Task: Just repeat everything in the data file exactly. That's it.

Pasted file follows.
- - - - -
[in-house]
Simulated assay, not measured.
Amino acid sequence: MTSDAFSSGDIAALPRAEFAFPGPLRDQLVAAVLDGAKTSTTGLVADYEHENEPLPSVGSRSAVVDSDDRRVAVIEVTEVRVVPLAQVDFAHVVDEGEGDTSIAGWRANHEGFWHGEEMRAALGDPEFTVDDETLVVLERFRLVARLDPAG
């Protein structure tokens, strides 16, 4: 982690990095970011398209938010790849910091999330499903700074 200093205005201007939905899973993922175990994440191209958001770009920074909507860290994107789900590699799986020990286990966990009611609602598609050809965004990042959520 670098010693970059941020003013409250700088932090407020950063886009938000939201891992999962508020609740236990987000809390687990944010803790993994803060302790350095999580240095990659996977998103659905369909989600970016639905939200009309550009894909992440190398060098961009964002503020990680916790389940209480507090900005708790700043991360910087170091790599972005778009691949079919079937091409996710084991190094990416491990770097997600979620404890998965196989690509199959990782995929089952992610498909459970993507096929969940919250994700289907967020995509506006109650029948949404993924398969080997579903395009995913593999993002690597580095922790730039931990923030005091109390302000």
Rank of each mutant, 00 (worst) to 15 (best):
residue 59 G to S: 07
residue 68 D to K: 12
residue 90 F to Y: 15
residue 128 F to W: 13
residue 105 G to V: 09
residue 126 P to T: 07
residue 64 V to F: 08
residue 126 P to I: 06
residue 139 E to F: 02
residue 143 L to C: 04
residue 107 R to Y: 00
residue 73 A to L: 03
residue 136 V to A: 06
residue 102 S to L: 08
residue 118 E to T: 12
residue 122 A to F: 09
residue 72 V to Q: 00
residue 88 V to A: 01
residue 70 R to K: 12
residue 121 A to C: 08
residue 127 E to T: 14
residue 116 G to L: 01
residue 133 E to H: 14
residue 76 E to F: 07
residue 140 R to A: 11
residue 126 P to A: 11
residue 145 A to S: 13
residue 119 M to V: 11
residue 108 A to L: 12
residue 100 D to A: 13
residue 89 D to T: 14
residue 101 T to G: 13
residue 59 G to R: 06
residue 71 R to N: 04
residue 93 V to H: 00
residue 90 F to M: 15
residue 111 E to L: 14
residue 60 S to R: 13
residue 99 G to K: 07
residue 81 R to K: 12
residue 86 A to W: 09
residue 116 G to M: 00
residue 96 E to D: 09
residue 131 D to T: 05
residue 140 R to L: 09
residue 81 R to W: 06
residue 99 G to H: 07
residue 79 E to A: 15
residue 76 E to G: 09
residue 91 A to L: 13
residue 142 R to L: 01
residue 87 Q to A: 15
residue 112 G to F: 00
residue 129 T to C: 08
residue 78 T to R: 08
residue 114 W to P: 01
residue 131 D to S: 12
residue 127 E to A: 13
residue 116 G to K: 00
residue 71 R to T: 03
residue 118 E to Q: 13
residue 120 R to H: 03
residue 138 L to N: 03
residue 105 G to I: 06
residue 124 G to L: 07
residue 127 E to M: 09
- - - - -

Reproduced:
[in-house]
Simulated assay, not measured.
Amino acid sequence: MTSDAFSSGDIAALPRAEFAFPGPLRDQLVAAVLDGAKTSTTGLVADYEHENEPLPSVGSRSAVVDSDDRRVAVIEVTEVRVVPLAQVDFAHVVDEGEGDTSIAGWRANHEGFWHGEEMRAALGDPEFTVDDETLVVLERFRLVARLDPAG
């Protein structure tokens, strides 16, 4: 982690990095970011398209938010790849910091999330499903700074 200093205005201007939905899973993922175990994440191209958001770009920074909507860290994107789900590699799986020990286990966990009611609602598609050809965004990042959520 670098010693970059941020003013409250700088932090407020950063886009938000939201891992999962508020609740236990987000809390687990944010803790993994803060302790350095999580240095990659996977998103659905369909989600970016639905939200009309550009894909992440190398060098961009964002503020990680916790389940209480507090900005708790700043991360910087170091790599972005778009691949079919079937091409996710084991190094990416491990770097997600979620404890998965196989690509199959990782995929089952992610498909459970993507096929969940919250994700289907967020995509506006109650029948949404993924398969080997579903395009995913593999993002690597580095922790730039931990923030005091109390302000």
Rank of each mutant, 00 (worst) to 15 (best):
residue 59 G to S: 07
residue 68 D to K: 12
residue 90 F to Y: 15
residue 128 F to W: 13
residue 105 G to V: 09
residue 126 P to T: 07
residue 64 V to F: 08
residue 126 P to I: 06
residue 139 E to F: 02
residue 143 L to C: 04
residue 107 R to Y: 00
residue 73 A to L: 03
residue 136 V to A: 06
residue 102 S to L: 08
residue 118 E to T: 12
residue 122 A to F: 09
residue 72 V to Q: 00
residue 88 V to A: 01
residue 70 R to K: 12
residue 121 A to C: 08
residue 127 E to T: 14
residue 116 G to L: 01
residue 133 E to H: 14
residue 76 E to F: 07
residue 140 R to A: 11
residue 126 P to A: 11
residue 145 A to S: 13
residue 119 M to V: 11
residue 108 A to L: 12
residue 100 D to A: 13
residue 89 D to T: 14
residue 101 T to G: 13
residue 59 G to R: 06
residue 71 R to N: 04
residue 93 V to H: 00
residue 90 F to M: 15
residue 111 E to L: 14
residue 60 S to R: 13
residue 99 G to K: 07
residue 81 R to K: 12
residue 86 A to W: 09
residue 116 G to M: 00
residue 96 E to D: 09
residue 131 D to T: 05
residue 140 R to L: 09
residue 81 R to W: 06
residue 99 G to H: 07
residue 79 E to A: 15
residue 76 E to G: 09
residue 91 A to L: 13
residue 142 R to L: 01
residue 87 Q to A: 15
residue 112 G to F: 00
residue 129 T to C: 08
residue 78 T to R: 08
residue 114 W to P: 01
residue 131 D to S: 12
residue 127 E to A: 13
residue 116 G to K: 00
residue 71 R to T: 03
residue 118 E to Q: 13
residue 120 R to H: 03
residue 138 L to N: 03
residue 105 G to I: 06
residue 124 G to L: 07
residue 127 E to M: 09